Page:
Crowds gathered in front of the U.S. Supreme Court Building today chanting, "Yes, we can!" after a 5-4 split decision favoring the "mandatory buy" section of the law. The section requires uninsured people to either buy insurance or pay up to an additional 1% of their annual income in federal taxes.
In Yuma, reactions to the highest court's ruling are mixed.
"I'm a little disappointed. I don't think it's a good law. I'm hoping that the Republicans can win enough and repeal it," says Wayne Wagner.
That's exactly what GOP presidential hopeful Mitt Romney says he'll do his first day in office, if elected. But not all Yumans favor repeal of the Affordable Care Law.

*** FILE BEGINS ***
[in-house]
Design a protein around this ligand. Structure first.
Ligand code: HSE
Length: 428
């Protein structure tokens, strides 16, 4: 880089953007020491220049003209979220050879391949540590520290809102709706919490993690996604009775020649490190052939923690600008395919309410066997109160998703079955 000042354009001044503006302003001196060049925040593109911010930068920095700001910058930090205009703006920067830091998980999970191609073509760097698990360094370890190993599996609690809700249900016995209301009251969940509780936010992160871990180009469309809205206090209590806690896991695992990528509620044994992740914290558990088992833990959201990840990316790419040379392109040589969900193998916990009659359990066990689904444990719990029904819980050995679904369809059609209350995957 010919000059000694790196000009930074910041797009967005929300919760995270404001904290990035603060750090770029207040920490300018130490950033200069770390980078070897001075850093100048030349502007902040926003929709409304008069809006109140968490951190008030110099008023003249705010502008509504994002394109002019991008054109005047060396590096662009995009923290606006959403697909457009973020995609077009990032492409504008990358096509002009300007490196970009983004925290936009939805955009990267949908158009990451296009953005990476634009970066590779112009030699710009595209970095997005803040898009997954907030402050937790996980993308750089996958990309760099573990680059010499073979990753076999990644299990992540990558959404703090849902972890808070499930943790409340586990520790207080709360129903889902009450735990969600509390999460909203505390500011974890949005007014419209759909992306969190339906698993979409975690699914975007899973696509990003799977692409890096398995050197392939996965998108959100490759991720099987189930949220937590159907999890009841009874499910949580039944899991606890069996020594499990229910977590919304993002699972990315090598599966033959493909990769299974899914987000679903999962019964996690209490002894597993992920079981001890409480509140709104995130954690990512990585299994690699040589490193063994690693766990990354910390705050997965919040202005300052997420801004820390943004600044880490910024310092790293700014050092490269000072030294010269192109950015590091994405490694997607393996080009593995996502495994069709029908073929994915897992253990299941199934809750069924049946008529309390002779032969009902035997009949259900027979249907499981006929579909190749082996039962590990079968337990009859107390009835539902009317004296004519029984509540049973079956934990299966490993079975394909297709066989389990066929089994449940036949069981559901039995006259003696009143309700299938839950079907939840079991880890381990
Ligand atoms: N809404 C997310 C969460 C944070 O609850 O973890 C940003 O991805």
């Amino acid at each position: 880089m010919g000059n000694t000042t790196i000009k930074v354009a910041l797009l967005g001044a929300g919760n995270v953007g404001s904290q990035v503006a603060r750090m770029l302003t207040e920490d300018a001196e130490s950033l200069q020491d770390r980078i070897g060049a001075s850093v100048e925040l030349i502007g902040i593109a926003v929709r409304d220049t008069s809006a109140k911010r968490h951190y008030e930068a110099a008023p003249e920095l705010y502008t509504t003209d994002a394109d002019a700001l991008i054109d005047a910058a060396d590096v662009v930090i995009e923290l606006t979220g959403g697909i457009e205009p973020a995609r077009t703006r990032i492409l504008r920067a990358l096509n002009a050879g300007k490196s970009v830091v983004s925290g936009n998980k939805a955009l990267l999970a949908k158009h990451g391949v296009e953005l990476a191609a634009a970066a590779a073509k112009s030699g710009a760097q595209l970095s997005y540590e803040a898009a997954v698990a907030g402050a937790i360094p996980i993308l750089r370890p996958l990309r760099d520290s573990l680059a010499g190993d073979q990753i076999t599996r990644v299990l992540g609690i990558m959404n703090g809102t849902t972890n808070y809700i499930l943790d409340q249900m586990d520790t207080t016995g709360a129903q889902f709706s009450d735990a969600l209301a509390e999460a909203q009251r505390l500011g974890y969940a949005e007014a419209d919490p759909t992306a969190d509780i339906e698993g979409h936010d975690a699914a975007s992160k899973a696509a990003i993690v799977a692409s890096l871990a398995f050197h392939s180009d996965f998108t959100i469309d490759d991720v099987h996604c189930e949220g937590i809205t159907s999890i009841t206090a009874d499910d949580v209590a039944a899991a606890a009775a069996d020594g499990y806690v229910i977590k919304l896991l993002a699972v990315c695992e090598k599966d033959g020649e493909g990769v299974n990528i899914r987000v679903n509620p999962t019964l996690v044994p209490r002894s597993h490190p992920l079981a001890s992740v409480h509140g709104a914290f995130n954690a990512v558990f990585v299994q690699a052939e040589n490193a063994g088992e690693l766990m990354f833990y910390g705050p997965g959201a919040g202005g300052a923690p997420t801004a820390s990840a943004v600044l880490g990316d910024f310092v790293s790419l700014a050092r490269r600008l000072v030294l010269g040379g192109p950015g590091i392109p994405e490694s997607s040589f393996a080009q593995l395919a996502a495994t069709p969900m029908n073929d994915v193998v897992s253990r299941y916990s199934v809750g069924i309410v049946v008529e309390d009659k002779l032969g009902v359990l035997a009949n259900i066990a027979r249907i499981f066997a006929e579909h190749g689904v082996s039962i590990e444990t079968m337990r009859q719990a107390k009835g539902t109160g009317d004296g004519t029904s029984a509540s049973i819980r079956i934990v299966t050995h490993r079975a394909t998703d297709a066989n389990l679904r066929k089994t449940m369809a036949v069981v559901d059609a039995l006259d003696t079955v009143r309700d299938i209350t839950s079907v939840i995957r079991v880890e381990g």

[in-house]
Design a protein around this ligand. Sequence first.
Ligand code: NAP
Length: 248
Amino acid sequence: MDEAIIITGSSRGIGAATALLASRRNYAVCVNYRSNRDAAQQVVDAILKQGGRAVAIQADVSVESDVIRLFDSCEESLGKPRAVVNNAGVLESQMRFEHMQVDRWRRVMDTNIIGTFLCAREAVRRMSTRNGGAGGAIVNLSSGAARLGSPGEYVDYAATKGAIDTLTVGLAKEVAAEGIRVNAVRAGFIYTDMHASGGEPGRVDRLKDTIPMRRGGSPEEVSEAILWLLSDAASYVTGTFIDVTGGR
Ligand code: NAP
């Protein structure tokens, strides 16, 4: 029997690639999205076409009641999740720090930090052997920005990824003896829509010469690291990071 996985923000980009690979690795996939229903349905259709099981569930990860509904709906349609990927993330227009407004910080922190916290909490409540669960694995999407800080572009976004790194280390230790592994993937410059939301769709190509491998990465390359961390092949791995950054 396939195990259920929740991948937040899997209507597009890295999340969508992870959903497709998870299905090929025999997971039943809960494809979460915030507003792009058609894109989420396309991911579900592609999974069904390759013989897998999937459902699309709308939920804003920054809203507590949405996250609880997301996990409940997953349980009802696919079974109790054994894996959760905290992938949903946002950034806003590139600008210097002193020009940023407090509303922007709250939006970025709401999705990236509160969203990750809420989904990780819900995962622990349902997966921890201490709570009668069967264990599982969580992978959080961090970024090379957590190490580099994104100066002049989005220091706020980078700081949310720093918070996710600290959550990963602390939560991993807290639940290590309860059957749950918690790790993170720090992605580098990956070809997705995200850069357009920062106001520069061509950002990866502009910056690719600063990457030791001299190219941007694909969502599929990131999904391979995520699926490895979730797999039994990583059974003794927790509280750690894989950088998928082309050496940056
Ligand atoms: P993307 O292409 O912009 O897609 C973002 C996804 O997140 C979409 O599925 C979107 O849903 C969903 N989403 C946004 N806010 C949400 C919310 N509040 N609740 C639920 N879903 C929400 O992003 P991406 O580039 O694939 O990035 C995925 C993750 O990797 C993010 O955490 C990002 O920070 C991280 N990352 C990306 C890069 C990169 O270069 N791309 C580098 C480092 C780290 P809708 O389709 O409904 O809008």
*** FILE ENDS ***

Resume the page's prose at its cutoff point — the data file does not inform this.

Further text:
"I don't think he (Romney) should overturn it because Yuma is a poor place where everybody is on ACCESS. It's enough."
But it's hard to measure how much is "enough" when it comes to affordable health care.
"What about the average person that works, but maybe still can't afford it? And if you don't pay it, according to this law, they're gonna fine you," notes Tom Cantu. Technically, it's a tax, not a fine. Either way, it's money out of someone's pocket. And the costs of rising health care are something future generations must face.
"I'm concerned about my children and grandchildren. I think there's going to be a lot of unintended consequences from this law and I think it's going to be a lot more expensive than anybody has projected so far. I think there's going to be a lot of problems that weren't anticipated," adds Wayne Wagner.
It's a concern shared by many as Yuma and the rest of the nation steps forward into the future of heath care reform.
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